Once you seal up your cabin’s exterior and landscaping, you can focus on winterizing the inside. You’ll spend most of the season indoors, so you can expect to devote more time and resources to this area. These are the most important interior maintenance tasks for protecting your cabin during the winter months.
Inspect Indoor Appliances
Late fall or early winter is a great time to check on your indoor appliances before you start using them more often. Go from room to room and inspect these items:
- HVAC system
- Light fixtures
- Ceiling fans
- Stove and oven
- Refrigerator and freezer
- Washing machine and dryer
Pay extra-close attention to your HVAC system because its workload will significantly increase when winter is in full swing. If you anticipate an especially harsh season, consider getting some energy-efficient heating alternatives to lighten the load on your HVAC system. Space heaters, hydronic heaters and passive solar heaters will keep you warm and lower energy expenses.
If you don’t plan on using your cabin during the winter, remember to unplug or drain all your appliances before leaving. This simple step will conserve energy and eliminate potential fire hazards. You must also remove all perishable food items from the kitchen and store non-perishable items in pest-resistant containers.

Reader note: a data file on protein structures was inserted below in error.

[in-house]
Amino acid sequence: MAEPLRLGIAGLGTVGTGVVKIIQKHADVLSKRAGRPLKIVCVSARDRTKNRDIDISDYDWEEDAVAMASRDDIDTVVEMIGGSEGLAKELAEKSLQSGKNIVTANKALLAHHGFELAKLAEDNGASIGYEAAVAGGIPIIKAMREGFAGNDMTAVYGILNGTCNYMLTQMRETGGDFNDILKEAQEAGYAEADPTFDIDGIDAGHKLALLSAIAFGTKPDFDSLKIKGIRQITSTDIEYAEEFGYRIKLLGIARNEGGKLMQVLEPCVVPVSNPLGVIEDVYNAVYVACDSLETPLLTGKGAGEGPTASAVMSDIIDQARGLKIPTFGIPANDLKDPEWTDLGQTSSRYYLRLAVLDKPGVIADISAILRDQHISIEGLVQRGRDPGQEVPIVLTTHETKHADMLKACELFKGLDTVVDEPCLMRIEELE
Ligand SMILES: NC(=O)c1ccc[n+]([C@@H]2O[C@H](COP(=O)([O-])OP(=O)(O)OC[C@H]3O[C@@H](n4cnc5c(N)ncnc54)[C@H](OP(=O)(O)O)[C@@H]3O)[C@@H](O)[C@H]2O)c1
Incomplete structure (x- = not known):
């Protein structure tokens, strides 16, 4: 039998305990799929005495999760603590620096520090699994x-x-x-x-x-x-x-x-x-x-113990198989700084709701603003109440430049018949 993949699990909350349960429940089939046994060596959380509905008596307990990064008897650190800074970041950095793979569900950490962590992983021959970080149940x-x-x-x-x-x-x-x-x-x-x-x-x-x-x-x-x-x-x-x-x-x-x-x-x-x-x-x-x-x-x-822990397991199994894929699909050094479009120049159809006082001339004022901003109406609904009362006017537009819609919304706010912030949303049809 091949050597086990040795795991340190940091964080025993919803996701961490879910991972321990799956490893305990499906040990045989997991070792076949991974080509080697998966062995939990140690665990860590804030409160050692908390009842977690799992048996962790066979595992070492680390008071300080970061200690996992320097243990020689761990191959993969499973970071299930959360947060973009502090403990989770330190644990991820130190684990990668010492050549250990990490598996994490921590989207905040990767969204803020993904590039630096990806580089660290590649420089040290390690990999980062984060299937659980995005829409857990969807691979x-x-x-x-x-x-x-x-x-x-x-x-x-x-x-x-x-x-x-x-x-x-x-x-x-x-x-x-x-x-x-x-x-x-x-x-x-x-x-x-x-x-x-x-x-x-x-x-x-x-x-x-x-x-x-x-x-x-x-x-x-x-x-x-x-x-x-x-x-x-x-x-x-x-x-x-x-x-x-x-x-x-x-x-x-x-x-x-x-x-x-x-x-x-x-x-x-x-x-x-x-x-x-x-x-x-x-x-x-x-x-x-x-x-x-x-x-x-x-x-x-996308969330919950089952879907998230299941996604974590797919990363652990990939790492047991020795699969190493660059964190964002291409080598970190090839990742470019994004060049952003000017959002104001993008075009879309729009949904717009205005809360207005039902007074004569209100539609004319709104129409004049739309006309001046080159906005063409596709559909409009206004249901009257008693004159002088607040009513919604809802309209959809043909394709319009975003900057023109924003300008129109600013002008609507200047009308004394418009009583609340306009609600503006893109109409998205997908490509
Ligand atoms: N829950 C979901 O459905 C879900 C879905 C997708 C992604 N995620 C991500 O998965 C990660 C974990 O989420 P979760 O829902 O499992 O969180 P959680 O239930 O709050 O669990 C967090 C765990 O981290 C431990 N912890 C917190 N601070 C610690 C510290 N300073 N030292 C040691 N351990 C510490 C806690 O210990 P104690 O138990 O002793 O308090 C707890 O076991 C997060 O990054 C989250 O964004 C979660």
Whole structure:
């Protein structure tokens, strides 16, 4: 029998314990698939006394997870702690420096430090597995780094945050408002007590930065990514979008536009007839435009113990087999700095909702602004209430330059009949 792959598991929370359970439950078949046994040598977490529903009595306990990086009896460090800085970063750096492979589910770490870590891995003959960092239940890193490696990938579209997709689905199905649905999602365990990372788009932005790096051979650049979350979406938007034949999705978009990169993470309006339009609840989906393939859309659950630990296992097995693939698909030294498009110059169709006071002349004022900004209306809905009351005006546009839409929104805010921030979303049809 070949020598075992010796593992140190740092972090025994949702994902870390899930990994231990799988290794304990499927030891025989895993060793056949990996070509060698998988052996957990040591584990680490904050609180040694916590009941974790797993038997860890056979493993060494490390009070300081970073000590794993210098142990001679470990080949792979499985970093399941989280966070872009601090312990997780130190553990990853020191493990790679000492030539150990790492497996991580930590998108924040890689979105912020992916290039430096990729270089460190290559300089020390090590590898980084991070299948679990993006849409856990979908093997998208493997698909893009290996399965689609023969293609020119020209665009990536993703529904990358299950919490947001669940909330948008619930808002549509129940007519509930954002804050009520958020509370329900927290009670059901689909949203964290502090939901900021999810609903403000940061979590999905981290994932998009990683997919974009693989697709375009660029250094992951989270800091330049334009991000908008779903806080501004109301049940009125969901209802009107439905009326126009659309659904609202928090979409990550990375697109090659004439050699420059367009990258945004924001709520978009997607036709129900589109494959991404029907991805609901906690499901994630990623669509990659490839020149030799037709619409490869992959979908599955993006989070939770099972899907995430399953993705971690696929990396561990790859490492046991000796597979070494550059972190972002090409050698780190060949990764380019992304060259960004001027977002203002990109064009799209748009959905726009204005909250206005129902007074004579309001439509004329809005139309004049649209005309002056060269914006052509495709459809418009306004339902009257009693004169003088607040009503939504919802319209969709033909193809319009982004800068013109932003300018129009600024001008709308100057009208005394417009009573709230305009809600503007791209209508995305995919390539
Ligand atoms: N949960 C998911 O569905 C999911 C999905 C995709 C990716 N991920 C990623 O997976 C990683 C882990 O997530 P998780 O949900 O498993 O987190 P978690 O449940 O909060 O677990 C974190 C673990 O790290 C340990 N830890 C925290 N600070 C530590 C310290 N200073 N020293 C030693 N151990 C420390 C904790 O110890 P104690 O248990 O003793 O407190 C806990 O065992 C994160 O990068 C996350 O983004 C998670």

Weatherproof Doors and Windows
Your biggest responsibility throughout the winter will be controlling your cabin’s indoor climate. To make this job easier, weatherproof your doors and windows. Fill the cracks with new caulk or draft strips to keep the cold winds outside where they belong. You should also reglaze or replace any loose windowpanes.
Many other small adjustments can make your cabin more resilient to cold weather:
- Reverse the ceiling fans.
- Install heavier drapes to contain heat.
- Open the curtains on sunny days to maximize natural light exposure.
- Frequently vacuum to prevent dust build-up.
- Keep your interior doors open so warm air can move around the house.
- Move furniture away from heating vents for better air circulation.
- Add more insulation to your attic, basement and crawl spaces.
These changes work toward the same goal of sealing out cold air and trapping warm air inside. They can combine to reduce your cabin’s heating and cooling costs by an average of 15% or an average of 11% on total energy costs.
Insulate Your Plumbing
Your cabin’s plumbing becomes vulnerable to freezing during the winter months. The easiest way to prevent this problem is by insulating your water pipes. Just wrap a layer of insulation foam around them and keep the water running as usual. You can expect to save 3% to 4% on energy costs just by doing this simple task.
You must do a few additional plumbing maintenance tasks if you’re leaving your cabin for the winter. Turn off the hot water, empty the water heater, let the faucets drain any excess water and do a last-minute inspection for leaks. Your pipes won’t freeze if water isn’t running through them.
Winter Is Coming
Winter will be here before you know it, so don’t wait another day to start these crucial maintenance tasks. Weatherproofing the exterior and interior in these various ways will allow you to enjoy your cabin’s cozy atmosphere no matter how cold and dreary the season becomes.